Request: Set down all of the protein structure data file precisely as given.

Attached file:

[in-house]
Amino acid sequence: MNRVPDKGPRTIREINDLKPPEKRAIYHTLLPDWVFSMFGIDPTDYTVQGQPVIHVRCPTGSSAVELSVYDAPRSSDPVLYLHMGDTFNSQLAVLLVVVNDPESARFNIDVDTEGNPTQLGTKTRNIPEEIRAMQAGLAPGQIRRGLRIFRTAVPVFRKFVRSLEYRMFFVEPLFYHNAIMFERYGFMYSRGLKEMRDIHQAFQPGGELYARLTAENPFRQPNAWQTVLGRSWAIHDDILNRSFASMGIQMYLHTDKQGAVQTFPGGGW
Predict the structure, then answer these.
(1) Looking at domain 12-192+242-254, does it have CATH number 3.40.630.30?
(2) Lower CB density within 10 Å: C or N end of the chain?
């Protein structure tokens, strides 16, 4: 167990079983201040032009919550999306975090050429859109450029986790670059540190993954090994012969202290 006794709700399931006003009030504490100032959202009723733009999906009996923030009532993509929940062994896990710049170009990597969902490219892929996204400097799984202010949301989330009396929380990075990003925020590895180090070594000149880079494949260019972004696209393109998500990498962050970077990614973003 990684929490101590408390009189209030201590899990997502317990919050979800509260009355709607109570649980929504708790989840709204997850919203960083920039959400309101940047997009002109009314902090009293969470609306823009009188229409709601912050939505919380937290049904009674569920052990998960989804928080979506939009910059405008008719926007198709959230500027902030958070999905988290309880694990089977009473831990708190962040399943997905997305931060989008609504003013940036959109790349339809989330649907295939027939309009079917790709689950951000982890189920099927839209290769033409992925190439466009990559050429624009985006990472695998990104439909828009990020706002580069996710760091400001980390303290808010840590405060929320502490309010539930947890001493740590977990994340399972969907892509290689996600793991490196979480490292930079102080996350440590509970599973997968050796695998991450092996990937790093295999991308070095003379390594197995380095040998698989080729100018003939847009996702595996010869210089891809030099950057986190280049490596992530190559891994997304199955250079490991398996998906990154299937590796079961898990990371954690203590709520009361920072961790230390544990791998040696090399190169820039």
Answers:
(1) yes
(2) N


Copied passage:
[in-house]
Amino acid sequence: MNRVPDKGPRTIREINDLKPPEKRAIYHTLLPDWVFSMFGIDPTDYTVQGQPVIHVRCPTGSSAVELSVYDAPRSSDPVLYLHMGDTFNSQLAVLLVVVNDPESARFNIDVDTEGNPTQLGTKTRNIPEEIRAMQAGLAPGQIRRGLRIFRTAVPVFRKFVRSLEYRMFFVEPLFYHNAIMFERYGFMYSRGLKEMRDIHQAFQPGGELYARLTAENPFRQPNAWQTVLGRSWAIHDDILNRSFASMGIQMYLHTDKQGAVQTFPGGGW
Predict the structure, then answer these.
(1) Looking at domain 12-192+242-254, does it have CATH number 3.40.630.30?
(2) Lower CB density within 10 Å: C or N end of the chain?
């Protein structure tokens, strides 16, 4: 167990079983201040032009919550999306975090050429859109450029986790670059540190993954090994012969202290 006794709700399931006003009030504490100032959202009723733009999906009996923030009532993509929940062994896990710049170009990597969902490219892929996204400097799984202010949301989330009396929380990075990003925020590895180090070594000149880079494949260019972004696209393109998500990498962050970077990614973003 990684929490101590408390009189209030201590899990997502317990919050979800509260009355709607109570649980929504708790989840709204997850919203960083920039959400309101940047997009002109009314902090009293969470609306823009009188229409709601912050939505919380937290049904009674569920052990998960989804928080979506939009910059405008008719926007198709959230500027902030958070999905988290309880694990089977009473831990708190962040399943997905997305931060989008609504003013940036959109790349339809989330649907295939027939309009079917790709689950951000982890189920099927839209290769033409992925190439466009990559050429624009985006990472695998990104439909828009990020706002580069996710760091400001980390303290808010840590405060929320502490309010539930947890001493740590977990994340399972969907892509290689996600793991490196979480490292930079102080996350440590509970599973997968050796695998991450092996990937790093295999991308070095003379390594197995380095040998698989080729100018003939847009996702595996010869210089891809030099950057986190280049490596992530190559891994997304199955250079490991398996998906990154299937590796079961898990990371954690203590709520009361920072961790230390544990791998040696090399190169820039």
Answers:
(1) yes
(2) N